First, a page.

Hughes, Catherine Amanda

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Catherine Amanda Hughes Soundex Code H220

Born in Missouri, Amanda, as she was called, was an amazing woman of African American, Sioux, and French descent. She also finished her schooling, and after marrying John William Pollard, thereby becoming Catherine Amanda Pollard had her first three children: Artissmisia, Luther J., and Willie Naomi. John and Amanda understood the importance of education and did what they could to provide the best for their children.

So it was that in 1886, due to rising racial tension in Missouri, John and Amanda decided to move for more educational opportunities to the all-white Village of Rogers Park, Illinois, which was annexed to the City of Chicago in 1896.

1928 W. Lunt Avenue

After settling in at 1928 W. Lunt Avenue, Amanda and John had five additional children. The Chicago Defender of Sunday, October 9, 1937, says on page 2: "Highly respected, the family enjoyed the distinction of being the only Race group in the entire Rogers Park community." John set up his barber shop at 7017 East Ravenswood Avenue. Which was then in Evanston Township.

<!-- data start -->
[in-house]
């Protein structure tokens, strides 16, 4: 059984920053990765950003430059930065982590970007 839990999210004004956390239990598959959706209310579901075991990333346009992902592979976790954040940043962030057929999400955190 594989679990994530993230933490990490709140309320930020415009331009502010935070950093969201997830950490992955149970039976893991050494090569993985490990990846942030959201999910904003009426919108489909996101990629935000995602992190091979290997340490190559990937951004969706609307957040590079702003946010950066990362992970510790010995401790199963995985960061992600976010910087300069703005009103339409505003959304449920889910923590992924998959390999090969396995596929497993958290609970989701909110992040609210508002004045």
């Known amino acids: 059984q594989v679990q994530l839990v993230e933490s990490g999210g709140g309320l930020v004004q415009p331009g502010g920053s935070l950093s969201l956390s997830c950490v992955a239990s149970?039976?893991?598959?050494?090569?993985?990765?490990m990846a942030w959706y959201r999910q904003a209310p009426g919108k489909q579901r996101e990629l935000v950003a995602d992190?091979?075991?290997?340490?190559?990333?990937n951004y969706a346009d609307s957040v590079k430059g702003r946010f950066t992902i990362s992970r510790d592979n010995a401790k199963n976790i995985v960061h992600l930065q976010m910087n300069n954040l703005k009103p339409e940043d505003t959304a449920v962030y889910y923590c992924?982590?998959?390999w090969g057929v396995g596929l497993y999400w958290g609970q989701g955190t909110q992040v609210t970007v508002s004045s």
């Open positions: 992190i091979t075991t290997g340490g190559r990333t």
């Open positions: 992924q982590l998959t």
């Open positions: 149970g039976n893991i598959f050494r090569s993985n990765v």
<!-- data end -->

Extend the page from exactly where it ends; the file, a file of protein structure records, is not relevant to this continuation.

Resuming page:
Amanda Pollard was an extraordinary strong-willed woman, who was ahead of her time. She was not like most women who only stayed at home, took care of children, and performed domestic chores. She defied the concept of conventional roles society had assigned to her seeking, fulfillment outside of the home, and eventually become a successful seamstress. Not only did she command at work, she managed her priorities at home as well. She kept the family together through her tough love and high expectations.

According to family members, Amanda never answered the door without carrying a handgun in her apron pocket. Not only did this speak to her bravery and protective behavior, but also, sadly, to the racial discrimination and prejudice of the time. Looking through family documents it is evident that Amanda played a significant role in the family’s finances. Many tax documents and checks bear her name, which demonstrates her unconventional role as a woman during the 19th Century.